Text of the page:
Ya'll, it's been so long! Intentionally, I took a break from blogging. Yup, yah girl needed a break. Better yet, I am not even going to say sorry for it.
We have so much to catch up on and so much time to do it! First things first, let's talk all about taking breaks and why they are so important.
Every one of us needs time for ourselves. Every single one of us can use some time to get ourselves together. We all can use minutes, days, weeks, and months where we can regroup, refresh, and reset. This summer was that for me.
At the end of June, I was physically, mentally, and emotionally exhausted. I decided to stop it. I stopped going to the gym six times a week. I stopped blogging on the site every Sunday. I stopped dedicating time to jobs and projects that did not serve me.
When I decided to stop these commitments is when I decided to say yes to myself. The time I spent doing those things, I spent rededicating to my yoga practice, recommitting myself to my religion, and reconnecting with my people.
There is no need to say sorry for needing a break. We are human beings; we are not machines. We need to energize ourselves and we cannot do it by not allowing ourselves to take breaks. Saying sorry about it means that we think there is something wrong about needing a break.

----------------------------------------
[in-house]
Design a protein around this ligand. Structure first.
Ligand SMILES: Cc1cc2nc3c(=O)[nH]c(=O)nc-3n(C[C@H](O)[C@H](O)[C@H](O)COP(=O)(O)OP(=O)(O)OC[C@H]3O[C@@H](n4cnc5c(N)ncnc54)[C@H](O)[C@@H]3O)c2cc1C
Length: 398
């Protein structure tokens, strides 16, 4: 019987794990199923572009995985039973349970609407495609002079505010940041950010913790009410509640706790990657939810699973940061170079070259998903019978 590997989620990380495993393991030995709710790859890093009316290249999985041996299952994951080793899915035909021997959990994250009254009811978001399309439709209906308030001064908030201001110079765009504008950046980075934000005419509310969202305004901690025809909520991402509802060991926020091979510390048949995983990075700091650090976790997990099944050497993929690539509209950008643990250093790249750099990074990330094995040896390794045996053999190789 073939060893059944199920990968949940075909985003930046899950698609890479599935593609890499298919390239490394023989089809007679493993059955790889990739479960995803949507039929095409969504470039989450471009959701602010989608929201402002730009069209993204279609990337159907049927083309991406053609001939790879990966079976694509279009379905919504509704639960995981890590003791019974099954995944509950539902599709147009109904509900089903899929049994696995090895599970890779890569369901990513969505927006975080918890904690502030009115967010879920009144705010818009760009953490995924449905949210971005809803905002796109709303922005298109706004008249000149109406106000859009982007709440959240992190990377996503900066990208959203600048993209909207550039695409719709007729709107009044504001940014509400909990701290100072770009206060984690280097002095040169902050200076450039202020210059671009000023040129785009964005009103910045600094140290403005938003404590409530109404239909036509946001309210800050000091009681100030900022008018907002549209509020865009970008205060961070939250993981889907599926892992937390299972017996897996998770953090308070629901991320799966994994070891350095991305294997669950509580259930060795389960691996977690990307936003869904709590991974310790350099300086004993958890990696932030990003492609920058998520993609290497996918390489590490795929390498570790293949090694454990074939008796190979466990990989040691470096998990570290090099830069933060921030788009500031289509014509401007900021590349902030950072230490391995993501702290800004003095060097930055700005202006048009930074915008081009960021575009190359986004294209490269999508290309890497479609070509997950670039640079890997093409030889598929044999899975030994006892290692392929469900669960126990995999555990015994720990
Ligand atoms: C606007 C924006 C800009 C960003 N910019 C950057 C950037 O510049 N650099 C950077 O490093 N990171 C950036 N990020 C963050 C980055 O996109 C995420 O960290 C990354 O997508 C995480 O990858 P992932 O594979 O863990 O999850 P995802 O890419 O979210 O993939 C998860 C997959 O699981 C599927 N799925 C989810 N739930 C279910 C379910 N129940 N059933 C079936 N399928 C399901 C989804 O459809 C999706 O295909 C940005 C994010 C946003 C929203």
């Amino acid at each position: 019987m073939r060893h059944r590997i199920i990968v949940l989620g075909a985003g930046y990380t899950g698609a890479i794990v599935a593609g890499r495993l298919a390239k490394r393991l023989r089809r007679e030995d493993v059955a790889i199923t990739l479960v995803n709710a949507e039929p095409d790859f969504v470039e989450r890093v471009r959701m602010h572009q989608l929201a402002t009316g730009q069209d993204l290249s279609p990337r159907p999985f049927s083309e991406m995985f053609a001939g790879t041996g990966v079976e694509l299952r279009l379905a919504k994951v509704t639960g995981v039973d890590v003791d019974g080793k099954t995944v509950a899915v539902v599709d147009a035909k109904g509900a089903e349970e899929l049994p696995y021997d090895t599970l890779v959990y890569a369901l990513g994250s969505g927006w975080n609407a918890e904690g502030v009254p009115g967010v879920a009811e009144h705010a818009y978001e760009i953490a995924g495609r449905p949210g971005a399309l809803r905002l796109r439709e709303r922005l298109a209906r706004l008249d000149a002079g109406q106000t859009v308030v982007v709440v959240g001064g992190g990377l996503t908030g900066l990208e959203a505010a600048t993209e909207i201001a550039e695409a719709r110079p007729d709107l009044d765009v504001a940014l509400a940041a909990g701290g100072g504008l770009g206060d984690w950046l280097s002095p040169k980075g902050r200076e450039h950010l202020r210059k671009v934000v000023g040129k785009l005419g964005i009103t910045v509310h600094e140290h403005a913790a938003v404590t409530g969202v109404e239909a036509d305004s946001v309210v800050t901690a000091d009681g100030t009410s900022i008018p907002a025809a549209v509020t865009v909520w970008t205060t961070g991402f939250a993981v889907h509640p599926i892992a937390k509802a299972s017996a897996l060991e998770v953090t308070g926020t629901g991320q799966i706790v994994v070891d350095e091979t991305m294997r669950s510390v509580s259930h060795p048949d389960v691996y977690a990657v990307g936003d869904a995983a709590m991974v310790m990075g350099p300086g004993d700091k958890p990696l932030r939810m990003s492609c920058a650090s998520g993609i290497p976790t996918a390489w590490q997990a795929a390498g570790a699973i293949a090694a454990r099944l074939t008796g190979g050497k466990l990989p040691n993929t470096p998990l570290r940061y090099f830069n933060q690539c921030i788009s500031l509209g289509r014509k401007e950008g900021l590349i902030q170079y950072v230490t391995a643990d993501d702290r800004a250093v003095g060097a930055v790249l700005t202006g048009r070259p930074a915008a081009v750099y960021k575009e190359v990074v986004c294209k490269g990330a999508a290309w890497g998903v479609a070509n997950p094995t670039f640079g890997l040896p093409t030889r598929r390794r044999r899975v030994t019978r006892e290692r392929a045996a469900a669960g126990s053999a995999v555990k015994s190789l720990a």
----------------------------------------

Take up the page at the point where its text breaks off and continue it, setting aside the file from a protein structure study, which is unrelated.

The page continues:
I was raised by my parents to be a go-getter. I was raised by my parents to not let being a minority, in many ways, keep me from striving for more. I was raised by my parents to keep fighting the good fight, tired or not.
I am thankful to them for this mentality, but as I get older, I am realizing that this is just unrealistic. The past few months, I started to feel guilty that I couldn't juggle a million things and be on point in every facet of my life. I began saying sorry to people and organizations, until I realized. I don't need to.
We gotta speak more about saying sorry. According to my friend Google, apology is a regretful acknowledgement of an offense or failure. Who the heck are we offending by saying yes to ourselves? How the heck are we failing when we decide to take a break? If anything, we should be grateful that we are allowing ourselves to take a break to be able to give more fully to others.
I've certainly talked about apologies before in this post from October, but I find it is so relevant in this topic of taking breaks. Feeling any kind of guilt for saying no or pulling back from commitments is so unnecessary. We do not need to. Will we still initially feel it? Yes, but that does not mean we need to accept it.
I needed a damn break this summer, and I'm not sorry about it. I gained a little weight from not going to the gym and sticking to my BBG program. I neglected updating this website and blogging every Sunday. I quit my old job and started working for an amazing tech startup.
There is no way I am going to say sorry for any of those things. What do I need to apologize for? My break was not offensive or a failure. It was necessary and a win. I said yes to myself. In doing so, I am back here talking with you guys again. I am rejuvenated and ready to teach yoga again (stay tuned). But most importantly, I feel like myself.
How about you? What are some things that you need to let go of? What are some commitments that you can take a break from? And remember, no need to say sorry for any of it!